Illustration: Aïda Amer/Axios
Market researchers are hooking up test subjects to scientific-grade brain scans, searching for triggers that spark emotional connections and affect behavior.
What's happening: Deploying tools from neuroscience, firms have been plumbing people's minds in hopes of exerting a stronger influence over their decisions.
The big picture: Already, Big Tech is under fire for sneaky techniques known as "attention hacking” to keep people under the spell of apps and social media feeds. "Dark patterns" allow them to shepherd people through choices — like how much personal information to share — in a way that benefits the companies rather than their users.
- Now, some two dozen market research firms are seeking ways to eke out even more attention for advertisers and product designers, and more effectively drive users to do or buy something.
- The firms say they aim to know consumers better than they know themselves, which could supercharge this quiet pressure.
Critics warn that the efforts, if successful, would help data-rich companies manipulate consumers.
- This power imbalance is a product of "surveillance capitalism" — a term coined by academics to describe the drive of companies to profit by collecting as much data as possible about potential buyers.
- "The people who are able to apply and market these technologies are large brands and corporations," says Meredith Whittaker, co-founder of the AI Now Institute. "This is not an equal-access set of technologies. They're used by some on others."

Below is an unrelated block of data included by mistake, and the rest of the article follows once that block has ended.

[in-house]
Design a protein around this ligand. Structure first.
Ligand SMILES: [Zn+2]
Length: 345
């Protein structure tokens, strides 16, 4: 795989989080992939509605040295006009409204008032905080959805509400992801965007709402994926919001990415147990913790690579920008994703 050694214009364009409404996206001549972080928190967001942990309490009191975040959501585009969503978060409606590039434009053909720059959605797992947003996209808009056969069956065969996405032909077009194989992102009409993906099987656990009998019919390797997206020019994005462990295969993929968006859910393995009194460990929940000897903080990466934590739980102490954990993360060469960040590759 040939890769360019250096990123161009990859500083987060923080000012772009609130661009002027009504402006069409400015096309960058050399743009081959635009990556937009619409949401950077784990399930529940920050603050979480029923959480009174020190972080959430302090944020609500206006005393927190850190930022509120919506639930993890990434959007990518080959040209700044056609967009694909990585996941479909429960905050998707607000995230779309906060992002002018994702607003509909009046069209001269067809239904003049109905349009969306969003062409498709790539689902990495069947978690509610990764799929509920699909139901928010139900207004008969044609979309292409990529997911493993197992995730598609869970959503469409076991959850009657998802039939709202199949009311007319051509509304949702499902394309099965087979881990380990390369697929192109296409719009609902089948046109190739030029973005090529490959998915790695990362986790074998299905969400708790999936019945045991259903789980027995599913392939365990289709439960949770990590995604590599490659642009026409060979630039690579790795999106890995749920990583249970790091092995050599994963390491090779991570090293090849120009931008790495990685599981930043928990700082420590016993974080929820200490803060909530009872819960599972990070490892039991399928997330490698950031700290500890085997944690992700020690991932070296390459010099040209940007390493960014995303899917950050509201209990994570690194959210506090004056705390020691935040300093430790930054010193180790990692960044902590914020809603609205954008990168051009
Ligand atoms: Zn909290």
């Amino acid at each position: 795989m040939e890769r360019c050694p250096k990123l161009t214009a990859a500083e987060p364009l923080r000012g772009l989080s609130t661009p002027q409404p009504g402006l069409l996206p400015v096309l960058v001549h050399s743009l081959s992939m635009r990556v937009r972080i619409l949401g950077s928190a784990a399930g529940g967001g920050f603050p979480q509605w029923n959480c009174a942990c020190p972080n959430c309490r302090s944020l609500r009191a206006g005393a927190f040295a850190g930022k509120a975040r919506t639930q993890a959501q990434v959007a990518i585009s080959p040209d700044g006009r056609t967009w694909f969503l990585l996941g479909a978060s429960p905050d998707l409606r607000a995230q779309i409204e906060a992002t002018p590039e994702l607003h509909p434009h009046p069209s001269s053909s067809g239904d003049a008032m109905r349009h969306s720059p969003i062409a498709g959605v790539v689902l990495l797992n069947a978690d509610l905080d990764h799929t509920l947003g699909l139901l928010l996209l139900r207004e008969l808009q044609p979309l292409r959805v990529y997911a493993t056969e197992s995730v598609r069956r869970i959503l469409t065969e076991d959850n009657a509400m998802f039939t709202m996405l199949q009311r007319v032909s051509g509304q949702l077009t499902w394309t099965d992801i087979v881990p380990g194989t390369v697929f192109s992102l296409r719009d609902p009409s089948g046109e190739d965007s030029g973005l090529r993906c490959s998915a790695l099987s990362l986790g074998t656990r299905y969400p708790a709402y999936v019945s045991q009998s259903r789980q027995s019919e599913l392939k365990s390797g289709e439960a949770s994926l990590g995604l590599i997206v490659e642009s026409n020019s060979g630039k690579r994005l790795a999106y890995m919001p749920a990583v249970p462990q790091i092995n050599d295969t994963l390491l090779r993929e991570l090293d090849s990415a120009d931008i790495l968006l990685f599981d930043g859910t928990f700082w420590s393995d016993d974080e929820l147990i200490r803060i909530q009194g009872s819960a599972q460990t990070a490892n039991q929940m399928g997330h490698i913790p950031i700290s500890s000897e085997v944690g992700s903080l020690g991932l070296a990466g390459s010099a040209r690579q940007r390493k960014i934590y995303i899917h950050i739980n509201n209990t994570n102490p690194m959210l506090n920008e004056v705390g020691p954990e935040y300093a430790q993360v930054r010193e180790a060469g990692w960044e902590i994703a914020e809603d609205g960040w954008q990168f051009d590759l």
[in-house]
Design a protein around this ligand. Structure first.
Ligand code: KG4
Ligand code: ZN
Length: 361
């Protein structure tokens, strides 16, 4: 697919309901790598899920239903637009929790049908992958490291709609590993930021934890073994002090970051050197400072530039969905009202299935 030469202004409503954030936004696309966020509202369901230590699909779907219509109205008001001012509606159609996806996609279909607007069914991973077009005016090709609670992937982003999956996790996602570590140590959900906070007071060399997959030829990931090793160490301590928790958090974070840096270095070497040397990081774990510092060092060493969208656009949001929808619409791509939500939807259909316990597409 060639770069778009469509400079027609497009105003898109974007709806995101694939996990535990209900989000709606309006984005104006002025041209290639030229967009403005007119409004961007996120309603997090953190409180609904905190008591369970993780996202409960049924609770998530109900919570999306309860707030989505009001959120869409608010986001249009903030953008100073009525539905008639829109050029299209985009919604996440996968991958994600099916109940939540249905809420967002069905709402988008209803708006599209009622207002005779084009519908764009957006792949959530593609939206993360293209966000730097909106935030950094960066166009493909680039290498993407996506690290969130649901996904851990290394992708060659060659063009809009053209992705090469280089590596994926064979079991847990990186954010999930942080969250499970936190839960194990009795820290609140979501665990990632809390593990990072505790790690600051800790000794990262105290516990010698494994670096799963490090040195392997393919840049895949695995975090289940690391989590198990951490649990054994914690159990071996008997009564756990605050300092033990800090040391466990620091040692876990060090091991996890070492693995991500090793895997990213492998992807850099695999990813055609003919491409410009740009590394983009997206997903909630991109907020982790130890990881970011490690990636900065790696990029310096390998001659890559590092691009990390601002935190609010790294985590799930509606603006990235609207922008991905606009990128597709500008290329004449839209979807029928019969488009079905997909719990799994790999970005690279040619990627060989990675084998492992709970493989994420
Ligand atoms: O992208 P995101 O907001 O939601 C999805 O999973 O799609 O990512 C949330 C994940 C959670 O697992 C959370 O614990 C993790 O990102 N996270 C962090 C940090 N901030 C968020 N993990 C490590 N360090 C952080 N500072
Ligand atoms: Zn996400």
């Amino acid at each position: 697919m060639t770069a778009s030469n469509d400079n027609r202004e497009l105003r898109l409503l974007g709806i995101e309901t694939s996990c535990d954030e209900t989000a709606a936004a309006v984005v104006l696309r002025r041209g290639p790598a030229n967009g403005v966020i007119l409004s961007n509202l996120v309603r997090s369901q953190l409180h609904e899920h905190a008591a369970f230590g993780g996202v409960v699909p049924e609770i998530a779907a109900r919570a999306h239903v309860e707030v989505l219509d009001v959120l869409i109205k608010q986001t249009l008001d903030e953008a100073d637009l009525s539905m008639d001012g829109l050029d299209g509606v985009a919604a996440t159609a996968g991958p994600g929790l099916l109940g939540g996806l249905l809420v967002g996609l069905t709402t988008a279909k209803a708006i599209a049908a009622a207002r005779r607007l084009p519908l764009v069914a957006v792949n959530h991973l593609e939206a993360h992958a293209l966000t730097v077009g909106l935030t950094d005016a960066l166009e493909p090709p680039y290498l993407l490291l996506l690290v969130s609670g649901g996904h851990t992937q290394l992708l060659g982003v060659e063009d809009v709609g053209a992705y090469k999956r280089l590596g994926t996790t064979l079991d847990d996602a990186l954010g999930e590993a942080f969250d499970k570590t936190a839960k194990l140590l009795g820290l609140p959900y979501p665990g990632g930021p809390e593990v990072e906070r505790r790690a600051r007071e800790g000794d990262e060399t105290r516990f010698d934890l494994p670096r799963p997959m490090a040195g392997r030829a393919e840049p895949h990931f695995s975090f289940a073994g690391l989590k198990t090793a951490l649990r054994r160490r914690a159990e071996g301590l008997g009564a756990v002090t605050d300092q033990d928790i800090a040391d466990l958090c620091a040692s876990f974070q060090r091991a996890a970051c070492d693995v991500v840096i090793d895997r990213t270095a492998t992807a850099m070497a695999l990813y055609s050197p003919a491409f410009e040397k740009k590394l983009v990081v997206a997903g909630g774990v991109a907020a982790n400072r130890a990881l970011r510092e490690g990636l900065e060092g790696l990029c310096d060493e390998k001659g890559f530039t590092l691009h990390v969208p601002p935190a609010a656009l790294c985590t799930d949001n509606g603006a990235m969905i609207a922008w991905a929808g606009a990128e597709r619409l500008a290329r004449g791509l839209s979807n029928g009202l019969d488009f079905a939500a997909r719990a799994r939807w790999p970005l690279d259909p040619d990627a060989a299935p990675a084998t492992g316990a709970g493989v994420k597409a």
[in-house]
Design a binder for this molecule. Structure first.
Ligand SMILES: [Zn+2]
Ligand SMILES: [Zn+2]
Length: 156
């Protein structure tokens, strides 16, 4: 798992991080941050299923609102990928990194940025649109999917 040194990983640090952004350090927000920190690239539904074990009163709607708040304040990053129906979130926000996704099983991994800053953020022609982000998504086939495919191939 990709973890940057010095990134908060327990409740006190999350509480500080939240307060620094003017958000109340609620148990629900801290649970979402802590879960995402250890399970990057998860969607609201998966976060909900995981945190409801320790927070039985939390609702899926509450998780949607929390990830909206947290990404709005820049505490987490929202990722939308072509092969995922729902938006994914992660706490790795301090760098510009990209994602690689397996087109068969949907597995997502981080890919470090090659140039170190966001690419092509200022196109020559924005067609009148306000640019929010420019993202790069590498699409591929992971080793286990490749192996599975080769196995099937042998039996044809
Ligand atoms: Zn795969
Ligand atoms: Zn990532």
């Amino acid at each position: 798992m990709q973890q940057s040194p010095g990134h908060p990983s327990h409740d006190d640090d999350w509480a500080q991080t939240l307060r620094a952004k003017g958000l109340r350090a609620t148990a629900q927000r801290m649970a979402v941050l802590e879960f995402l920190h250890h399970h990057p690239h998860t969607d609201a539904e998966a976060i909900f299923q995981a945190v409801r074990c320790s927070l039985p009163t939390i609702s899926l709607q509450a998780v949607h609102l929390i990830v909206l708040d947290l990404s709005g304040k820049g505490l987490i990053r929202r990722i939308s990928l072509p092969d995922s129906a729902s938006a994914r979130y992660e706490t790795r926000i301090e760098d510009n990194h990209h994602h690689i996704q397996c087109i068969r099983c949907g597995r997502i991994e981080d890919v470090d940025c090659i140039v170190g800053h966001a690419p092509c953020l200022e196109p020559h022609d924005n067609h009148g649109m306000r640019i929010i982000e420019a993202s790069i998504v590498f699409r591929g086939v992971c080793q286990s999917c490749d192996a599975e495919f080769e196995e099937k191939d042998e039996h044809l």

How it works: Brain tests like electroencephalography (EEG) allow researchers to see how people's brains react, second by second, to experiences like watching a TV ad, scrolling through an app, or popping a redesigned cap on a soda bottle.
- Electrodes monitor neuron activity in various parts of the brain, cameras watch for eye movements and micro-expressions, and skin sensors pick up on changes in heart rate and mental effort.
- They're looking for emotional attachment, memory activation and active attention — how they vary throughout an experience and whether they change after a consumer interacts with an ad or a product.
- "It's the combination of emotion and memory that's really powerful as an indicator of whether this experience right now is going to have an impact on future behavior, which ultimately is what's at interest here," says Bradley Vines, director of neuroscience at Nielsen, a leading market research firm.
Background: This controversial technique took a while to take hold in the marketing world. Only in the last half-decade or so, after Nielsen bought up a firm called NeuroFocus, has consumer neuroscience edged toward the mainstream, says Ming Hsu, a Berkeley marketing professor.
- The technology’s effectiveness has been debated as long as it has existed — with critics taking aim at the assumptions on which analyses are built — but it’s started to see wider uptake.
- Nielsen has signed up big clients like Time Warner and New Balance, and startups like Spark Neuro are now pushing into advanced testing methods like functional near-infrared spectroscopy.
- Facebook, too, has hired neuroscientists for a 2-year-old "marketing science" center in New York City.
For now, advertisers’ influence tactics are mostly opaque, Hsu says, potentially "polluting our minds with excess associations we don't really need or want."
- Yes, but: Neuroscience could also be deployed to rein in attention hacking, Hsu argues.
- Tests could reveal the effects of these techniques, he says: "If we can measure that then we can regulate it, like carbon or pollution."
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